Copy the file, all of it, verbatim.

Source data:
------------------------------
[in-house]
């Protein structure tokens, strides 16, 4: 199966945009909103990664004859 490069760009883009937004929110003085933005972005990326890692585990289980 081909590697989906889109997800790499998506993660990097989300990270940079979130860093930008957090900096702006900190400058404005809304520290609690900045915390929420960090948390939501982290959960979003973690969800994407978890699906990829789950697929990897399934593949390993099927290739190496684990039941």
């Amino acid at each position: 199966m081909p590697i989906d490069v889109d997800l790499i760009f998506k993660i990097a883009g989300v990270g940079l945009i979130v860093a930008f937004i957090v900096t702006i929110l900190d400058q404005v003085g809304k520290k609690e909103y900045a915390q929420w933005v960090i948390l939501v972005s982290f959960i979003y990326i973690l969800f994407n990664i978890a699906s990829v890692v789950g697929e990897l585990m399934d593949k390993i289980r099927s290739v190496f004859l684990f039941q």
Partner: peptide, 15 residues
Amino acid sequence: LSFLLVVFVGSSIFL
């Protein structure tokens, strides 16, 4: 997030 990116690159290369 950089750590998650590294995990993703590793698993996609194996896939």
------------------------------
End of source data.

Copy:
[in-house]
């Protein structure tokens, strides 16, 4: 199966945009909103990664004859 490069760009883009937004929110003085933005972005990326890692585990289980 081909590697989906889109997800790499998506993660990097989300990270940079979130860093930008957090900096702006900190400058404005809304520290609690900045915390929420960090948390939501982290959960979003973690969800994407978890699906990829789950697929990897399934593949390993099927290739190496684990039941």
């Amino acid at each position: 199966m081909p590697i989906d490069v889109d997800l790499i760009f998506k993660i990097a883009g989300v990270g940079l945009i979130v860093a930008f937004i957090v900096t702006i929110l900190d400058q404005v003085g809304k520290k609690e909103y900045a915390q929420w933005v960090i948390l939501v972005s982290f959960i979003y990326i973690l969800f994407n990664i978890a699906s990829v890692v789950g697929e990897l585990m399934d593949k390993i289980r099927s290739v190496f004859l684990f039941q």
Partner: peptide, 15 residues
Amino acid sequence: LSFLLVVFVGSSIFL
């Protein structure tokens, strides 16, 4: 997030 990116690159290369 950089750590998650590294995990993703590793698993996609194996896939």